In my humble opinion a social media strategy is what turns your content into traffic, traffic into leads and leads into sales regardless of your business type.
I'll say again
SOCIAL MEDIA STRATEGY = CONTENT==>TRAFFIC==>LEADS==>
You can start with either end of this equation. If you know what level of sales you wish to generate as a result of your online presence, you can figure out the level of leads you need based on your conversion rate. Knowing the number of leads you need gives you the amount of traffic you need to generate based on your opt-in or squeeze page success rate. This in turn gives the amount of content required (for a given time period) and the level of social media activity required to achieve that traffic. All levels of this equation are measurable and can be recorded and compared week to week or month to month.
Naturally a strategy needs to be resourced. Someone will have to generate or be responsible for collecting content. Social media is the mechanism that spreads your message (the content) through the various social media platforms. One platform reinforcing the other for maximum reach. You can post to several social media platforms at once using social media aggregators such as HooteSuite. Can you see that this is a strategy not just the use of Facebook or Twitter in isolation.
In the case of this blog, I announce a new post via the activity feed on LinkedIn. The new post is also woven into the conversation on Twitter several times and a link to the post goes up on Facebook. Facebook mentions whats happening on Twitter and vice versa, not always but occasionally. I'm finding that more and more followers onTwitter take that introductory moment to push for a LIKE on Facebook, why not. Posts become guest posts, there is StumbleUpon and things like RebelMouse. Dont forget YouTube.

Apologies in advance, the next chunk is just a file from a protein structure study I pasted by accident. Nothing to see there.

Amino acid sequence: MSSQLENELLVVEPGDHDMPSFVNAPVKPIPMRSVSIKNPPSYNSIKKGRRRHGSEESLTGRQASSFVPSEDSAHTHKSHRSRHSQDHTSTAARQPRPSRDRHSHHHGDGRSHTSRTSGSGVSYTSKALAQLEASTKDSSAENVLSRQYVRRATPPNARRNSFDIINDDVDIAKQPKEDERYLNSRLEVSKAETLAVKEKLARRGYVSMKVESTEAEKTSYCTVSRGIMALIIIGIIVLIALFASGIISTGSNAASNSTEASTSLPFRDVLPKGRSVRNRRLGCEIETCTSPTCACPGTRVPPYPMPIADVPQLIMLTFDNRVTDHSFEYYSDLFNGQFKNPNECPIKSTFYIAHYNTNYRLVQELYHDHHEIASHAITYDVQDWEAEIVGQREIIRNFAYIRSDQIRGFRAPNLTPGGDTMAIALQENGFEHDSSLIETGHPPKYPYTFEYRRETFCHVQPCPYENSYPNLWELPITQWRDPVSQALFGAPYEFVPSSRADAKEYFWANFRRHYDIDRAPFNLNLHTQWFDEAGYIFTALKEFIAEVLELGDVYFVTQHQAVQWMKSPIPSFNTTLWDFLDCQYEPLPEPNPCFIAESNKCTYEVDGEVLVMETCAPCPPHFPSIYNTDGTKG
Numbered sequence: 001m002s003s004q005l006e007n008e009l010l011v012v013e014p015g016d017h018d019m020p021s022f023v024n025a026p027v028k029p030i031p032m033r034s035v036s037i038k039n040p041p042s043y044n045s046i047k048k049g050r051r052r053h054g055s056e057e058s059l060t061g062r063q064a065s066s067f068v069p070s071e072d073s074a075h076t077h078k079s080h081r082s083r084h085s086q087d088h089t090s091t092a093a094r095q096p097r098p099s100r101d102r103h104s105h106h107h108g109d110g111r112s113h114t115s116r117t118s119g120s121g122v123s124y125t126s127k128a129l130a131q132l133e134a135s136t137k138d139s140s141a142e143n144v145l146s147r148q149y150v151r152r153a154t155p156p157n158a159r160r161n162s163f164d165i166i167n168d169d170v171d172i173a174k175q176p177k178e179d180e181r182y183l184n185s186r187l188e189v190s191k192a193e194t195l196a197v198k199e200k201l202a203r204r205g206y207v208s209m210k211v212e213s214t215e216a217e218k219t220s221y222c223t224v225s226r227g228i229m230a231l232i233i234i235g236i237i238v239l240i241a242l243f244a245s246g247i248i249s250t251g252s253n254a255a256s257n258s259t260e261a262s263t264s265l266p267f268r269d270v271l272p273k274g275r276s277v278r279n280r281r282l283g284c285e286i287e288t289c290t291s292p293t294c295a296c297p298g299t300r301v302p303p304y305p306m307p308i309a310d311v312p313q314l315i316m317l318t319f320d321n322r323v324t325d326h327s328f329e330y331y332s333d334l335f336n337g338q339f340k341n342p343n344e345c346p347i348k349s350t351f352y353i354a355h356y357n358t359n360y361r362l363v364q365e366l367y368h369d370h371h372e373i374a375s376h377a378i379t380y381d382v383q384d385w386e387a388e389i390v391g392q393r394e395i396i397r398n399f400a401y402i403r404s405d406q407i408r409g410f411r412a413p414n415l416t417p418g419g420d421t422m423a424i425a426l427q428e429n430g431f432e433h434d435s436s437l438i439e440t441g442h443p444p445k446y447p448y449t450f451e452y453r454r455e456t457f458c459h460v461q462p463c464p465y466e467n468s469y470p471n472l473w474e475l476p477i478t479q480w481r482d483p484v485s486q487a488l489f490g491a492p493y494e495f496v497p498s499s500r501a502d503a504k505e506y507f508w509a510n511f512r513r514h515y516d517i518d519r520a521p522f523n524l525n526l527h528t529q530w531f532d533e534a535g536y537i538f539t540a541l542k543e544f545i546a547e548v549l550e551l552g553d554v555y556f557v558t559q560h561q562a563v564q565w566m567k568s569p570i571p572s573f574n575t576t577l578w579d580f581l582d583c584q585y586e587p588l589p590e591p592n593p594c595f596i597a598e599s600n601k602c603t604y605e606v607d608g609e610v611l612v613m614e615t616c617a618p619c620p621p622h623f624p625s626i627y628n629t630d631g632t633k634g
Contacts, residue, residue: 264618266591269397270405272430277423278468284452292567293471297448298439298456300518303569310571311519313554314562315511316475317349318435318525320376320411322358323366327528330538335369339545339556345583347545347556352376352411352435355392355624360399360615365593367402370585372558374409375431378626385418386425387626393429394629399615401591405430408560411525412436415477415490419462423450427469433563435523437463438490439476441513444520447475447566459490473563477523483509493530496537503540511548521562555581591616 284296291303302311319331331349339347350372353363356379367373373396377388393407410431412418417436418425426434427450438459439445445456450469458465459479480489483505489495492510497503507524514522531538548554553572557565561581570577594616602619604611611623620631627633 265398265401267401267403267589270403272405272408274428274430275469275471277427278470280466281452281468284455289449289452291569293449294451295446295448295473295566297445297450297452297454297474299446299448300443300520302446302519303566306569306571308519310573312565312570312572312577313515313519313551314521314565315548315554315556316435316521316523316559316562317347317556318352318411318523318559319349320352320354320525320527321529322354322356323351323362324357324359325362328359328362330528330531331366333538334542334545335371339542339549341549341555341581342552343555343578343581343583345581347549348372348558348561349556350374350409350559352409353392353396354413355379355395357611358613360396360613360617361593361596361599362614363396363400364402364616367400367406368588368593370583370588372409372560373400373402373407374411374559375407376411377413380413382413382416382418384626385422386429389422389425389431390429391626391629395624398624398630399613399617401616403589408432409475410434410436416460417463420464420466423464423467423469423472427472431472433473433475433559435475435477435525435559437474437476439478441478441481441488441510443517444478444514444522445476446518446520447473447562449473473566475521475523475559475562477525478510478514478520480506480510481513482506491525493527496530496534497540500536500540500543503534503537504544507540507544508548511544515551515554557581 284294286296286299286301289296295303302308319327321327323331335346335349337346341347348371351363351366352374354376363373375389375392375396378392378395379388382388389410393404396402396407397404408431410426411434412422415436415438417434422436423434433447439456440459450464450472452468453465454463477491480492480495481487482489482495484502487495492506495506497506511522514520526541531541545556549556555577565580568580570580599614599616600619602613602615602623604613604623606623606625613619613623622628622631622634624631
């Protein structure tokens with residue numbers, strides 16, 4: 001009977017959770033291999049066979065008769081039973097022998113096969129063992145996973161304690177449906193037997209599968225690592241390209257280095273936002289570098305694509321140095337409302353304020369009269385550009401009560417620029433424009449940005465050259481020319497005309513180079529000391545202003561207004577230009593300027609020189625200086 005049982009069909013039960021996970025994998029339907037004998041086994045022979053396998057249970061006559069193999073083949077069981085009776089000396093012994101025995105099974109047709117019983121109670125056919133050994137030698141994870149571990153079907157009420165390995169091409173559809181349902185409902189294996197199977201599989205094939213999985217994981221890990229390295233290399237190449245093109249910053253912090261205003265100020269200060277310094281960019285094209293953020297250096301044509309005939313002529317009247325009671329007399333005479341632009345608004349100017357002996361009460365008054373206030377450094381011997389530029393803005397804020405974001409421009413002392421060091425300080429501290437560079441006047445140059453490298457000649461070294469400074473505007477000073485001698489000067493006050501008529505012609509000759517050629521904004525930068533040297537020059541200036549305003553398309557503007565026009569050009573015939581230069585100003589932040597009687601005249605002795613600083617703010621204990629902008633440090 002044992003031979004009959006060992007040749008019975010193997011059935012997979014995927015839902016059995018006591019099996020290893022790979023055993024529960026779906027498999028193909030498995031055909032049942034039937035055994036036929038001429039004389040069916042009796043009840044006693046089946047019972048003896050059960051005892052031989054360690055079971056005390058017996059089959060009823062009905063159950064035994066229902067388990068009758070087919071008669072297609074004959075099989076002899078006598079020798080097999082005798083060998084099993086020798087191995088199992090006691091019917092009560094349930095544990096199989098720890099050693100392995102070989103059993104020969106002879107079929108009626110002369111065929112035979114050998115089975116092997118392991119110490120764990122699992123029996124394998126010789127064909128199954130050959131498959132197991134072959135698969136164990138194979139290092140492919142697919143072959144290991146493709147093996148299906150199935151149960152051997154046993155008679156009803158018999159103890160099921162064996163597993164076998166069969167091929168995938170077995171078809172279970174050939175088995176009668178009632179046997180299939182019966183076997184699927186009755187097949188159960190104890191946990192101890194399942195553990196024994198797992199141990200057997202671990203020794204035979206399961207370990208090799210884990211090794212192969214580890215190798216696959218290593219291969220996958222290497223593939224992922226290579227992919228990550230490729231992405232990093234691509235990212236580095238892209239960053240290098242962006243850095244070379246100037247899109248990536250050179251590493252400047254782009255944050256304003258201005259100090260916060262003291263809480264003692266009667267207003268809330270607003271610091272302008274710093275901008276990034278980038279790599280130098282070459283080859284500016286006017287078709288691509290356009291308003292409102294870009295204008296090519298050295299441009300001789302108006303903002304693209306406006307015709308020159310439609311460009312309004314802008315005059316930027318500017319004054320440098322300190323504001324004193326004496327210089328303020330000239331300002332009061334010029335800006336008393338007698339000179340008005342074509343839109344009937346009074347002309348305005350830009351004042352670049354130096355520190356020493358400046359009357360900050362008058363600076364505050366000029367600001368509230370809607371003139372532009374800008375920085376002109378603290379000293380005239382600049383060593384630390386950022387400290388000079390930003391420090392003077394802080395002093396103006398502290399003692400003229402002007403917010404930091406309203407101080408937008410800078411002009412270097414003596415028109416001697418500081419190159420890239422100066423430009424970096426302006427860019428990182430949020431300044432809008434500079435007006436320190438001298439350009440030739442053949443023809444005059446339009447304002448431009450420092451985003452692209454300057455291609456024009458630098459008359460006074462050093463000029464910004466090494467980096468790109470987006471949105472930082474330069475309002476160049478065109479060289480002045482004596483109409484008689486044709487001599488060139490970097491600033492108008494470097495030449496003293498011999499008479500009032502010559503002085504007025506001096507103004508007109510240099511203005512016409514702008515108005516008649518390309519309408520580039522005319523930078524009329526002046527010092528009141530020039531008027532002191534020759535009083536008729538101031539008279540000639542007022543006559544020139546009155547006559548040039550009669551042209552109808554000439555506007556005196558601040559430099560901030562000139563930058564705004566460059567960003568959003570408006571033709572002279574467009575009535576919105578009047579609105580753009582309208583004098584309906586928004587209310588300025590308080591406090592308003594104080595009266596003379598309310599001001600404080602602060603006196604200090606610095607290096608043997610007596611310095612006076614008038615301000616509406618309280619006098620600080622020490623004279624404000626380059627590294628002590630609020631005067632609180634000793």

Its interconnectivity, not just "OhYeah!, Facebook and Twitter".
A word of caution, if you are selling cement mixers and nothing else, its difficult to generate universal appeal and keep the conservation going. Universal appeal and constant conversation are a prerequisite for promoting a product or service online. If your business constantly has the newest must-have product, your job will be easier.
If you are promoting a brand online without the intention of selling online, your sales can naturally occur offline. Online brand promotion still needs a social media strategy. Likewise if you are promoting a social issue such as health and/or safety you still need a strategy to maximise the reach of your message and get an offline result. Fire departments are actively using social media to announce the type of fire hazard that is commonly seen at a particular time of year and seeing a reduction in fires in return, as an example.
If you are a charity, you may not be generating sales but you will be receiving income in the form of donation having found those who are most likely to be interested in your cause.
Have I made it sound too easy? I'll cover the details of leads and sales conversion in later posts. I did plan to monetise my blog after all.